You have to wonder if this recent ruling might cause some companies to pause over the recent craze to automatically include arbitration clauses in their contracts.

In Dealer Computer Svc v. Old Colony Motors the 5th Circuit ruled that a trial court did not have the authority to compel a party to pay an arbitration deposit.  The underlying dispute is not important for this post.   Neither party disputed the existence and validity of an arbitration clause in the contract.  That arbitration clause specified that the AAA Commercial arbitration Rules would govern any dispute.

The issue was Old Colony’s inability to pay its portion of the arbitration deposit.  Old Colony was still willing to arbitrate but it could not pay its portion of the fees involved.  As a result, the arbitrator asked Dealer Computer to pay the entire fee.  Dealer Computer refused and the arbitrator suspended the matter indefinitely.   Dealer Computer filed suit to compel the arbitration and the trial court ordered Old Colony to pay its share of the deposit.

On appeal, the Court agreed with Old Colony’s argument that the trial court did not have the authority to order it to pay those fees.  The key to its decision is that the Supreme Court has stated, “absent an agreement to the contrary, the parties intend that the arbitrator, not the courts, should decide certain procedural questions which grow out of the dispute and bear on its final disposition.”  Payment of fees is just such a procedural question.

The Court turned to a 9th Circuit case, Lifescan, Inc. v. Premier Diabetic Servs., Inc. in support of its ruling.  In that case the 9th Circuit noted that arbitrators have the discretion to require fee deposits and could change those rules to require one party to pay the deposit if they choose.  Such a decision was entirely a procedural matter and not subject to a court order.

The Court also noted that AAA rules allowed arbitrators the discretion to order either party to pay the fee in full and to suspend or terminate the arbitration if those fees are not paid.  Any award could be adjusted upward or downward as appropriate if one party paid more than its fair share of the fees involved. The Court specifically avoided deciding whether a party could challenge an arbitrator’s decision if they did not adjust the award.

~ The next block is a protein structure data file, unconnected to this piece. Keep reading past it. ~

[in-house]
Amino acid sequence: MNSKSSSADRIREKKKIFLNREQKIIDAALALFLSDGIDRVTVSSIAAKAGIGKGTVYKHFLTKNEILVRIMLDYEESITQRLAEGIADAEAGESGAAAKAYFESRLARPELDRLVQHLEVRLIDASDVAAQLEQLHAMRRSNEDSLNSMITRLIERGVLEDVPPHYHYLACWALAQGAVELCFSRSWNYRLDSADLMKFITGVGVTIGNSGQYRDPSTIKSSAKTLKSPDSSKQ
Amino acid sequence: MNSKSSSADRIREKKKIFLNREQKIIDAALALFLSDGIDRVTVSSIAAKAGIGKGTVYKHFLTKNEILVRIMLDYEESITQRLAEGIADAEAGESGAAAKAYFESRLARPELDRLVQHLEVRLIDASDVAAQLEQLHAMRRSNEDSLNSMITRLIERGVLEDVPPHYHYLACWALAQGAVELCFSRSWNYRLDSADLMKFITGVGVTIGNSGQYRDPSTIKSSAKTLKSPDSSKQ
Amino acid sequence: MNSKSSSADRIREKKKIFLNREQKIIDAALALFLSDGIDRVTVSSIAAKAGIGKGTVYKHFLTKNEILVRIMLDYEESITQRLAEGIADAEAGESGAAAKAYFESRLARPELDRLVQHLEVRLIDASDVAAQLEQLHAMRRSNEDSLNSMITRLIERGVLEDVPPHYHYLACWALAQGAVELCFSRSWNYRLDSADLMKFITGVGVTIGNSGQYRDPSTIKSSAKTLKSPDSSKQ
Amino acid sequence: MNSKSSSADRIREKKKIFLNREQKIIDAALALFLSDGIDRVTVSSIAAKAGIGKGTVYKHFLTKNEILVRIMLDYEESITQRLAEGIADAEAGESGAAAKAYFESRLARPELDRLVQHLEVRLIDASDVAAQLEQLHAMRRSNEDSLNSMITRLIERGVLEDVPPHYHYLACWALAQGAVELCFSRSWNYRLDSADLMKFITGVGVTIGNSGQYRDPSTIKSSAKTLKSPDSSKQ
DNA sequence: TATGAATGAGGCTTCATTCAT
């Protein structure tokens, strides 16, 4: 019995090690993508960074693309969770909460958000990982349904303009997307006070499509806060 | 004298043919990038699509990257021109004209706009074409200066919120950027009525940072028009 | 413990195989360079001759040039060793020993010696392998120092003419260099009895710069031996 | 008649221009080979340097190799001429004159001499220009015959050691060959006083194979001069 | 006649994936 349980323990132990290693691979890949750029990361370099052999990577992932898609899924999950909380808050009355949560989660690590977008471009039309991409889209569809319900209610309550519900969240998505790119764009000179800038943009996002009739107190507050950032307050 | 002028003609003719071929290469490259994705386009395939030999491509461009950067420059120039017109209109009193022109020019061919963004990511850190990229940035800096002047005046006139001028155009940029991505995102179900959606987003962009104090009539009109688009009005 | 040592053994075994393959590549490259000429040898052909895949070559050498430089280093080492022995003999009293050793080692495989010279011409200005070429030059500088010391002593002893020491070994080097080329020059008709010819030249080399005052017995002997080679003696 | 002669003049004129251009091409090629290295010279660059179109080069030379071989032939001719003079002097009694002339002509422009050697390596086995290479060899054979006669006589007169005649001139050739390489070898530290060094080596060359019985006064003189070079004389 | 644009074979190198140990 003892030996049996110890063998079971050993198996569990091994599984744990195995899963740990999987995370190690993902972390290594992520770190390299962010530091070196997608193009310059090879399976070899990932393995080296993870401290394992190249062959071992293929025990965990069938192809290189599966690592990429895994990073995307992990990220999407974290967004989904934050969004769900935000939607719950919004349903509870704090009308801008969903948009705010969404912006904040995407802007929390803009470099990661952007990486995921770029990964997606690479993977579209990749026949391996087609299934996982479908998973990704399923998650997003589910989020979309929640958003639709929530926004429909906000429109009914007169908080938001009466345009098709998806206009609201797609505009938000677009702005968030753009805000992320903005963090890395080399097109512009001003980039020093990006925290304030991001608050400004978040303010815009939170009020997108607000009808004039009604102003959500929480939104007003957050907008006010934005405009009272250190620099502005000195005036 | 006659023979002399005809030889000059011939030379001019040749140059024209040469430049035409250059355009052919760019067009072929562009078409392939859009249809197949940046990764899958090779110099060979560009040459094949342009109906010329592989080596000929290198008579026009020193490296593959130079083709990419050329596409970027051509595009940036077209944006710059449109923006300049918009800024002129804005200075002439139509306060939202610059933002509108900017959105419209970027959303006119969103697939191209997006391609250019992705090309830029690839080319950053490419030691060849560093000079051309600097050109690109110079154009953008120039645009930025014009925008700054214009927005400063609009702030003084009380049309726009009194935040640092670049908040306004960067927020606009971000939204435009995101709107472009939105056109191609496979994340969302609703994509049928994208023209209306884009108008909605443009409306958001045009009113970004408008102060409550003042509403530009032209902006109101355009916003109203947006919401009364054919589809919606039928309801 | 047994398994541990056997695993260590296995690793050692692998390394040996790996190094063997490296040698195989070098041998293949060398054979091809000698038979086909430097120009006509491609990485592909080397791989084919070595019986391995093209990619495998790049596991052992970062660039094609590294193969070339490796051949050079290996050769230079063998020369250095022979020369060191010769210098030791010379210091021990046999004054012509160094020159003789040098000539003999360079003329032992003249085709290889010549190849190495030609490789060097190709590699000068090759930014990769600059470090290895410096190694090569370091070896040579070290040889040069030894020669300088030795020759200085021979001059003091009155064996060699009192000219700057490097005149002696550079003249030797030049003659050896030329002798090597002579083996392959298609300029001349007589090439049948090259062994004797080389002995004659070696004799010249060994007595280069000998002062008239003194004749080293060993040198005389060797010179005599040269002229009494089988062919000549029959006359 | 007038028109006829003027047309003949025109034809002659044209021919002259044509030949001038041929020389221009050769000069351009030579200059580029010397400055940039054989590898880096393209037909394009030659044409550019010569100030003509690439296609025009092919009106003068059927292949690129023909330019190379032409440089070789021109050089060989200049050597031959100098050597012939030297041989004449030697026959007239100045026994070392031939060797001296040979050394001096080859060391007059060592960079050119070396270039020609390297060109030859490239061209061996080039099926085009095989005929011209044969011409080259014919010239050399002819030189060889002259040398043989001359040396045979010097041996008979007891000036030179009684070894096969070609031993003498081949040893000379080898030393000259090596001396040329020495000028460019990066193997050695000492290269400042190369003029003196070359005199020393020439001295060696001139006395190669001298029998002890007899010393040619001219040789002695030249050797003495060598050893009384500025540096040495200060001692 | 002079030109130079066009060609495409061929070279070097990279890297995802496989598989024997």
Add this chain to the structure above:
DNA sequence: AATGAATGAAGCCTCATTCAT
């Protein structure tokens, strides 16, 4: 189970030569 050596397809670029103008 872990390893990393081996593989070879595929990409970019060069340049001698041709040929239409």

So why would this decision cause a company to rethink an automatic commitment to arbitration?

First, expenses.  The commonly misunderstood belief is that arbitration is a cheaper alternative to the court system.  But look at this case, the arbitrator’s deposit was in excess of $50,000.  Dealer Computer was asked to pay Old Colony’s portion of $26,000 as well as its own just to get the case before an arbitrator with no guarantee of success.  The fees to file suit in court are no where near this amount.  A company has to pay attorney’s fees in both cases.  If Dealer Computer had filed suit and Old Colony could not afford legal counsel, Dealer Service’s attorney’s fees would likely be minimal and the case would end relatively quickly.

Second, collectibility.  Now this is an issue in any dispute: does the other party have the assets available to satisfy a judgment?  But in this case Dealer Computer has to double down on its filing fees. If it wins in arbitration and if those additional fees are part of the award, it won’t matter one bit if it can’t collect.  Dealer Service will have just thrown good money after bad.

Third, indefinite delay.  Is it possible that Dealer Computer could never get its day before a decider of fact?  Because there is an arbitration clause, a Court cannot order Old Colony to pay its share of the fees.  Because there is an arbitration clause, Dealer Computer cannot bring suit in court.  As long as Old Colony does not pay its share, Dealer Computer’s only option is to shoulder the costs and risks involved by paying both parties’ fees.  If the merits of the case are a close call, say a 55/45 deal(or even 60/40) in Dealer Computer’s favor it might not be worth it.  A party could escape its liabilities by simply stating it is willing to participate in arbitration but then refusing to pay its share of the fees.

What does the New Haven case mean for private employers?

The short answer is not a whole lot.  This case does not provide a good guide for private employers because it involved the City of New Haven, a government entity.  Government entities at both the federal and state level must abide by stricter rules than private employers.

However there is an important lesson that any employer should take away from this case: you cannot throw out the results of an employment test because the results end up favoring a particular race.  Why? Because that very act means that the employer is making an employment decision based upon race.

This of course presents the damned-if-you-do, damned-if-you-don’t problem for an employer.  If the employer strikes the results, they risk a law suit.  Indeed I would expect to see a rise in these “reverse discrimination” type law suits after the New Haven case.  Alternatively, if the employer upholds the results of such a test then they face litigation over the results favoring one race or another.

So what does this mean for employers? The first choice is to avoid employment tests whenever possible.  If you do choose to give tests, make sure there is a legitimate need for a test specific to the position you are testing for.  Designing the test is critical.  You must make sure every question has a legitimate purpose in evaluating a candidate for the position.  Document the reason every question exists in the test and the purpose for which it is asked.

If you take these steps, then live with the results.  As the Supreme Court noted, just because you might be sued based upon the results it does not mean that the law suit will be successful.  Thus, the steps employers take in designing and documenting the process of creating the test are even more critical after this decision and that is the real lesson.